The Road to “Coupleness”

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Photo by Brent Fuchs.
Photo by Brent Fuchs.

Ivan and Marita Deatsch

Married 44 Years

When it comes to starting a family, Edmond couple Ivan and Marita Deatsch can’t say enough on the importance of “coupleness.”
“Something that helps us has always been maintaining this idea of ‘coupleness.’ We make time for each other. Yes, creating a family means that you are really busy, but that family started out from two people, so time should be made for just the couple, too,” Marita says.

The Deatsches know this by experience – they began their relationship by long-distance. They met while in college, but stayed connected when Ivan started working in Illinois as Marita finished school in Kansas City.

“I was working with Firestone then,” he says, “and I’d get going after work on Friday and get to Kansas City that night. And then, I’d drive back on Sunday.”

Ivan and Marita Deatsch say the secret to their successful marriage is making time for each other.
Ivan and Marita Deatsch say the secret to their successful marriage is making time for each other.

The couple kept their romance strong over the many miles for a year until Marita graduated and joined him. With Ivan’s job, the family moved around the U.S. several times (including to Edmond) before they moved back to Oklahoma for good.

“Oklahoma has changed so much, but we were so happy to come back. Before, you could shoot a cannon through Oklahoma City and not hit anything. It’s such a great area to live in now. It’s where three of our four children live with their families, too,” Ivan says.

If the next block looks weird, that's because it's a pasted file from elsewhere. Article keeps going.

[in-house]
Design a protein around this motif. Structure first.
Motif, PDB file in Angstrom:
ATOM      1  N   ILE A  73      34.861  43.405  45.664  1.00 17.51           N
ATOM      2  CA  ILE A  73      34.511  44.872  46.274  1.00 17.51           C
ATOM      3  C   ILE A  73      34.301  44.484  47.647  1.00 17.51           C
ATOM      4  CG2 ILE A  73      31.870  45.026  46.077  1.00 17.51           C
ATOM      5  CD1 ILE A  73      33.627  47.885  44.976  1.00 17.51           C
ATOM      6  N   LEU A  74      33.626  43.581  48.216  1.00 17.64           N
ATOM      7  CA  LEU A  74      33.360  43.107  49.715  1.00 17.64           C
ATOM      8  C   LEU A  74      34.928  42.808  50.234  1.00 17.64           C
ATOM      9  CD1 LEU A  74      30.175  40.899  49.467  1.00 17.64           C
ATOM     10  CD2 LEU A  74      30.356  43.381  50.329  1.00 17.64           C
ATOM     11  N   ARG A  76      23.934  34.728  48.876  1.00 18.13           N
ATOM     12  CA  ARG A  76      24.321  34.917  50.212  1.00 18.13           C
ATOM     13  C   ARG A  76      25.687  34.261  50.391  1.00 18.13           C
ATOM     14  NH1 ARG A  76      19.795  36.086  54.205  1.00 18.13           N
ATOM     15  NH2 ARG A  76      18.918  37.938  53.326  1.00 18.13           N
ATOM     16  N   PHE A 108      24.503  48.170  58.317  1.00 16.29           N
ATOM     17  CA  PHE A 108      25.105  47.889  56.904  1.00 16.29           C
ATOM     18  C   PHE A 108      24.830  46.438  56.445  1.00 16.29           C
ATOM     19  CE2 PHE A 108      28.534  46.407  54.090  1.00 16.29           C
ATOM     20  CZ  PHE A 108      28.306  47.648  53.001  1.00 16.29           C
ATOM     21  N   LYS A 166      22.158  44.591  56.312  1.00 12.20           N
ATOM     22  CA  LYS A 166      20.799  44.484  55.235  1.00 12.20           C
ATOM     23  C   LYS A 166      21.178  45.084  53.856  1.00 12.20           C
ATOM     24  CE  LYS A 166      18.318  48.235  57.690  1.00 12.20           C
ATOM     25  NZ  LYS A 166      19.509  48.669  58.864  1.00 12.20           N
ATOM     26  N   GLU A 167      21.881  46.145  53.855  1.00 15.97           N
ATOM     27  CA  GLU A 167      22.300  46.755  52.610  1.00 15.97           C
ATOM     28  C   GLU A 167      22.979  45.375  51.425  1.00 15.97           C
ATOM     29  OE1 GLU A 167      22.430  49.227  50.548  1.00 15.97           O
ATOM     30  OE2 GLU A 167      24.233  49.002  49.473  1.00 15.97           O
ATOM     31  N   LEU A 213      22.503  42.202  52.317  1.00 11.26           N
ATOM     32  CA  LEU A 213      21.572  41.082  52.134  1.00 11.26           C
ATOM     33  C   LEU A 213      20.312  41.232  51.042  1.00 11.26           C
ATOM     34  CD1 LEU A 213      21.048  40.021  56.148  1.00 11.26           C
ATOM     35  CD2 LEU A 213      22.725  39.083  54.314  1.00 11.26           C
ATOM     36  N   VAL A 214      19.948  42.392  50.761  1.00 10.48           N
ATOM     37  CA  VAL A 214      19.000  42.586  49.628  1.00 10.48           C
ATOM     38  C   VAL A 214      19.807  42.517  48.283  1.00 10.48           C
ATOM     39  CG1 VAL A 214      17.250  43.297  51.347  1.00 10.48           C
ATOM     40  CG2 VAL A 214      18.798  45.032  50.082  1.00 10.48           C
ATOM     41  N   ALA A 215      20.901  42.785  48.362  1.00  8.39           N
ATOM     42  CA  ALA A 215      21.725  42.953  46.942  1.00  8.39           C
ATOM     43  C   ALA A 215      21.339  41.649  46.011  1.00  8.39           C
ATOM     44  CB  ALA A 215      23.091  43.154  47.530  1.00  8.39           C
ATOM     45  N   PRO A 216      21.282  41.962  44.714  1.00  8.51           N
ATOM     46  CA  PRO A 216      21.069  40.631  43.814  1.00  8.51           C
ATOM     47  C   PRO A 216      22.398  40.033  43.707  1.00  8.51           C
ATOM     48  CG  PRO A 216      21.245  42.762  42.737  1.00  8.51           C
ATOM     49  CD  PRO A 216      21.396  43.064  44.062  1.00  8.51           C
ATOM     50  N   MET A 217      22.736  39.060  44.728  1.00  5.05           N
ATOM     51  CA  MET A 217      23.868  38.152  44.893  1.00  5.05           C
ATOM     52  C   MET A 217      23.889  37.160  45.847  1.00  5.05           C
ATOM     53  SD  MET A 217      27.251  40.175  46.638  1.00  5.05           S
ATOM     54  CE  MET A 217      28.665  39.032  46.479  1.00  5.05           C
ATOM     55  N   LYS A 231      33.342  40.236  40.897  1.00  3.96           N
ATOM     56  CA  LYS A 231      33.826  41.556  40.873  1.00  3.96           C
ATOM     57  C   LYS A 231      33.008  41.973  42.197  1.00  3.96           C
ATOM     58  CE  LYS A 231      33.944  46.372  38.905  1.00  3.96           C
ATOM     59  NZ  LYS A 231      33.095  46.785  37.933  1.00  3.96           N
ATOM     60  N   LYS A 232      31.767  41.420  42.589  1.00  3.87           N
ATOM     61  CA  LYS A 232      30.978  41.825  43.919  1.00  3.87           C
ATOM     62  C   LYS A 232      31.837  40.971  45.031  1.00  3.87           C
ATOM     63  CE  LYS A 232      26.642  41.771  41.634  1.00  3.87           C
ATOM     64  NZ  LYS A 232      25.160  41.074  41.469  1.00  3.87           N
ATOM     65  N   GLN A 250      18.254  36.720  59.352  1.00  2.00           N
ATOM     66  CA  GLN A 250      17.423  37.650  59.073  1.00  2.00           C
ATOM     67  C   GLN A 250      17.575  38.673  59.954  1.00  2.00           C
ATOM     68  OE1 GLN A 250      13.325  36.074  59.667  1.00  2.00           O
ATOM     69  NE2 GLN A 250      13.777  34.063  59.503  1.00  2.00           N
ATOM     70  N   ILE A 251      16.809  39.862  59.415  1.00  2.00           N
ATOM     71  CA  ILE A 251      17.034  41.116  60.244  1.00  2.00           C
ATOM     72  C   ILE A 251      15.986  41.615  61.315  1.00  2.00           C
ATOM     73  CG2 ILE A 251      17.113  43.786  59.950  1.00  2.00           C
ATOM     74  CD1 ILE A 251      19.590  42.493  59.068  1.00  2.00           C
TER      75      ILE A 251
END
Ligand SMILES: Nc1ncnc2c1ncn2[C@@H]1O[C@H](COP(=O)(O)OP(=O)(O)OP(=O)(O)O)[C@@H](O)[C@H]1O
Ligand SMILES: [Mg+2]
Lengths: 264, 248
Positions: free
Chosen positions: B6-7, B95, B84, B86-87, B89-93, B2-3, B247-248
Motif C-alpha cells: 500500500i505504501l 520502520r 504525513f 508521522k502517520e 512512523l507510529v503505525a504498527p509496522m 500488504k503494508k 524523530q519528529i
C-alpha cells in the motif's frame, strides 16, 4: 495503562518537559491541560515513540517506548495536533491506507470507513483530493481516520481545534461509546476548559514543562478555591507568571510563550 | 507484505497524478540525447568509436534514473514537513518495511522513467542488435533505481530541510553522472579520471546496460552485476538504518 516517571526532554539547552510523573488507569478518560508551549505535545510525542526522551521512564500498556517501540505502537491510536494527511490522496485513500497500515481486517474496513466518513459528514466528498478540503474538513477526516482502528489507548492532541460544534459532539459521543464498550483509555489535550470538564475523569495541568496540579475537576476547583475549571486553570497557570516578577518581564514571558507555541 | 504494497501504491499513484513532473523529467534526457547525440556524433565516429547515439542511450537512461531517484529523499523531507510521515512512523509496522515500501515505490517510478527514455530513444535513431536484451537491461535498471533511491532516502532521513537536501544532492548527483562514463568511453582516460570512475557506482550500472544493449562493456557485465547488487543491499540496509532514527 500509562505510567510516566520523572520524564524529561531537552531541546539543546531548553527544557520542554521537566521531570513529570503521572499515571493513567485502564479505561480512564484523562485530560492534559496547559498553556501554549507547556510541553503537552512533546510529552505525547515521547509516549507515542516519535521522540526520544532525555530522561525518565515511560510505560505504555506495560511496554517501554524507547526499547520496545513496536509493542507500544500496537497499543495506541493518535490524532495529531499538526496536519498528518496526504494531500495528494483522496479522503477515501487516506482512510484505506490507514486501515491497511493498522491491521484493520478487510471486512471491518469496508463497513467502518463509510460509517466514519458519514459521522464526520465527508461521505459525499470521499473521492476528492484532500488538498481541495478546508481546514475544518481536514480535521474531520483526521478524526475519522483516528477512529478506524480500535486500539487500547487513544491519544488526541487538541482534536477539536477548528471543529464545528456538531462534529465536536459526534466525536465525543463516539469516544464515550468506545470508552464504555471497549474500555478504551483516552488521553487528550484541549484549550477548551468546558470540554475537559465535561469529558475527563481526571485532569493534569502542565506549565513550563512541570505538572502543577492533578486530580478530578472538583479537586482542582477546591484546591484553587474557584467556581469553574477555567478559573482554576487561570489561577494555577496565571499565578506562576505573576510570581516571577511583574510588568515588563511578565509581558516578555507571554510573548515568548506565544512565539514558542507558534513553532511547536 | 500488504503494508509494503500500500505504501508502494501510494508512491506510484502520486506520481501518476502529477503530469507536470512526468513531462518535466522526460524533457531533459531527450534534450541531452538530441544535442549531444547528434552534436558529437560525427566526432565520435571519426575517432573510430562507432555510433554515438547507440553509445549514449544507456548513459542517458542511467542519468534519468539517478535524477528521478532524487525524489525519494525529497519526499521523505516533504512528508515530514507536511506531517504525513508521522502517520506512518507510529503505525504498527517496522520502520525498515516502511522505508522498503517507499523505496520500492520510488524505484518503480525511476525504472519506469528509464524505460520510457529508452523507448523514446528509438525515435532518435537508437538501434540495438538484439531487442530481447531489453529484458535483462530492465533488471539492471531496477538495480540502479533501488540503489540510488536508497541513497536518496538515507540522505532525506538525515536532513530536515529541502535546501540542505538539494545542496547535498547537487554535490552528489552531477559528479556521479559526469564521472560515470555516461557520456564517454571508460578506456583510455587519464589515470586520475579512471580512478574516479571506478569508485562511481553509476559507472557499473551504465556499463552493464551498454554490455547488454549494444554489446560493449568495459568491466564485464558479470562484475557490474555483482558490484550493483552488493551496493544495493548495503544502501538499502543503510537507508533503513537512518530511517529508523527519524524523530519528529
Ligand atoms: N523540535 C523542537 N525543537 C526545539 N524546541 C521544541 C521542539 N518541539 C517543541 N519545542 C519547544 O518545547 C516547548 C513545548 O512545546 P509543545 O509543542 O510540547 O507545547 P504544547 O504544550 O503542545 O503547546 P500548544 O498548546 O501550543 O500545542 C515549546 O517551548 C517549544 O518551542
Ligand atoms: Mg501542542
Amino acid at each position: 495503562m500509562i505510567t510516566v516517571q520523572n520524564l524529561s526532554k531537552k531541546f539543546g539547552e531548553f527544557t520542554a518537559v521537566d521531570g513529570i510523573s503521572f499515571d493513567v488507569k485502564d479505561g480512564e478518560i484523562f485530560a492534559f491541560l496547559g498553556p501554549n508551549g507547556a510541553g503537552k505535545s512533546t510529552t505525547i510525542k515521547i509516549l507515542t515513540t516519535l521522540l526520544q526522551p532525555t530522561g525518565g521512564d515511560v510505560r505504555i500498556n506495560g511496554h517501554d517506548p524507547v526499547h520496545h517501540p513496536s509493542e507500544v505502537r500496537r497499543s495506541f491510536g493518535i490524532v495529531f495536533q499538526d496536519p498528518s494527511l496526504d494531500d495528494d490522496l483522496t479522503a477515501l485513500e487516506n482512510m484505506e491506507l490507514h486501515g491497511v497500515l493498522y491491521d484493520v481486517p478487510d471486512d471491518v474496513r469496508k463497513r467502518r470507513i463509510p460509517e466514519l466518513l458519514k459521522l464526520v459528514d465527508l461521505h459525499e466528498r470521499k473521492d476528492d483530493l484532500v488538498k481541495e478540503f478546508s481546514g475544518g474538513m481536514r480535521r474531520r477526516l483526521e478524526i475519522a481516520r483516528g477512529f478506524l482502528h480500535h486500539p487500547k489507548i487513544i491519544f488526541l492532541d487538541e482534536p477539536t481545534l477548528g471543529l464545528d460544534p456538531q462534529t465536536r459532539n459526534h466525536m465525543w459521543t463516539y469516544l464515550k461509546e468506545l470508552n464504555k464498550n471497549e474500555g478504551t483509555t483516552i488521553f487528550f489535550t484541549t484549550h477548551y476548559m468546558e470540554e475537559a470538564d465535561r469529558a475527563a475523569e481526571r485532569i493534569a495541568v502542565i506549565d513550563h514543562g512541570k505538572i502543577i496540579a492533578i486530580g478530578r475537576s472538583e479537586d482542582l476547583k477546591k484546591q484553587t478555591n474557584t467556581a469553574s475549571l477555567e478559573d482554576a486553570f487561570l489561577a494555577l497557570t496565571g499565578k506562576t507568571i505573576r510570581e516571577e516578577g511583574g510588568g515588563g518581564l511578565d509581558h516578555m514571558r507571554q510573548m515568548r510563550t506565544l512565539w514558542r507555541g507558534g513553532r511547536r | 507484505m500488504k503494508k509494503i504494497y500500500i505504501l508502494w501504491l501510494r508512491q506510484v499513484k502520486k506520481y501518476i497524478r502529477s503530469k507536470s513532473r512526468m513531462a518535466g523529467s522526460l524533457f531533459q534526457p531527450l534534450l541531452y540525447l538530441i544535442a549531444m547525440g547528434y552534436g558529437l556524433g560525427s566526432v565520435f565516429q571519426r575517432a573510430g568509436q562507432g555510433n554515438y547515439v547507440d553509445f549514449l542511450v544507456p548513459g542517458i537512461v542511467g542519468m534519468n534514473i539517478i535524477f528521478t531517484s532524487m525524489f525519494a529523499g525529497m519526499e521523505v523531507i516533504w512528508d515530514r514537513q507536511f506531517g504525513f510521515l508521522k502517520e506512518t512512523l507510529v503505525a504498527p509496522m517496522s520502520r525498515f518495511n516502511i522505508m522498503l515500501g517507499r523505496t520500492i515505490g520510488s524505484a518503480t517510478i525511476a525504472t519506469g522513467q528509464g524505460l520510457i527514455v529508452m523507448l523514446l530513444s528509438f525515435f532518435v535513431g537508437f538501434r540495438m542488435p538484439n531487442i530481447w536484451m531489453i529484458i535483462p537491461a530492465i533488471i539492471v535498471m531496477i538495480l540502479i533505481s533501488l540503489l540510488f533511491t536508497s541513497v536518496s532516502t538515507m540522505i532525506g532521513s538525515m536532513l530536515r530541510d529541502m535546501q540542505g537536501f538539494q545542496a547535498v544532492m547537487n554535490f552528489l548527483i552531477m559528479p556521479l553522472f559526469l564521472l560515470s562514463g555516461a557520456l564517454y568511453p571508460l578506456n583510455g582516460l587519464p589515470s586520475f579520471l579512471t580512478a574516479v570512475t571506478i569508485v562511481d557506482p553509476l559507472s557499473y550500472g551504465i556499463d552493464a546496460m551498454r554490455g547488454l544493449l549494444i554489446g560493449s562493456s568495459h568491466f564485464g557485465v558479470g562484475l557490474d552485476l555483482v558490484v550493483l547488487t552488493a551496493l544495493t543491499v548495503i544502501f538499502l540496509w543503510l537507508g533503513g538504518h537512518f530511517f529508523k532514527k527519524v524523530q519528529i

Marita says the most testing part of their relationship through the decades was the frequent relocations.

“We always had to pick up and move, and Ivan would usually move first because of his job, and then I would wait until we were able to sell the house. I never wanted to move, but then, I always ended up liking it when we got there,” Marita says.

Ivan retired in 2009, and the couple says they are busier now than they ever were when they were raising their children.

“We do a lot of volunteer work; you have to keep active. You work until you’re 60, but you’ll live another 30 years after that. You can’t sit around and play golf the whole time,” Marita says.[pullquote]“You should always put your marriage first, but everyone also needs a sense of independence.”[/pullquote]

She works with the nonprofit organization Positive Tomorrows in Oklahoma City as a reader and mentor for homeless children. Ivan is involved with the group Retired Senior Volunteer Program (RSVP), which provides car rides for low-income seniors who cannot drive on their own. Ivan drives seniors to doctor appointments and various errands three to four times a week; each ride can take up to half a day.

“We’ll do things like pick (seniors) up and take them to a doctor, and then help them fill out paperwork, too. We wait with them there and then usually take them to the pharmacy afterwards,” Ivan says.

The Deatsches also stay busy by spinning other kinds of wheels.

“We’re bicyclers, and we’ve gone on lots of biking trips,” Marita says. “We usually go with a group on a four- or five-day [riding] trip. We’ve probably taken near to 15 rides.”

And with four happily married children, there are plenty of grandchildren. The Deatsches try to help their children get in valuable coupleness time with their own spouses.

“We always encourage our kids to spend time alone with their spouses. It’s something that has always helped us, and since we are here and can help with the kids, we try to provide that for them,” Ivan says.

Coupleness is crucial, but each person in the relationship should have individual pursuits, too, the Deatsches say.
“You should always put your marriage first, but everyone also needs a sense of independence,” Ivan says.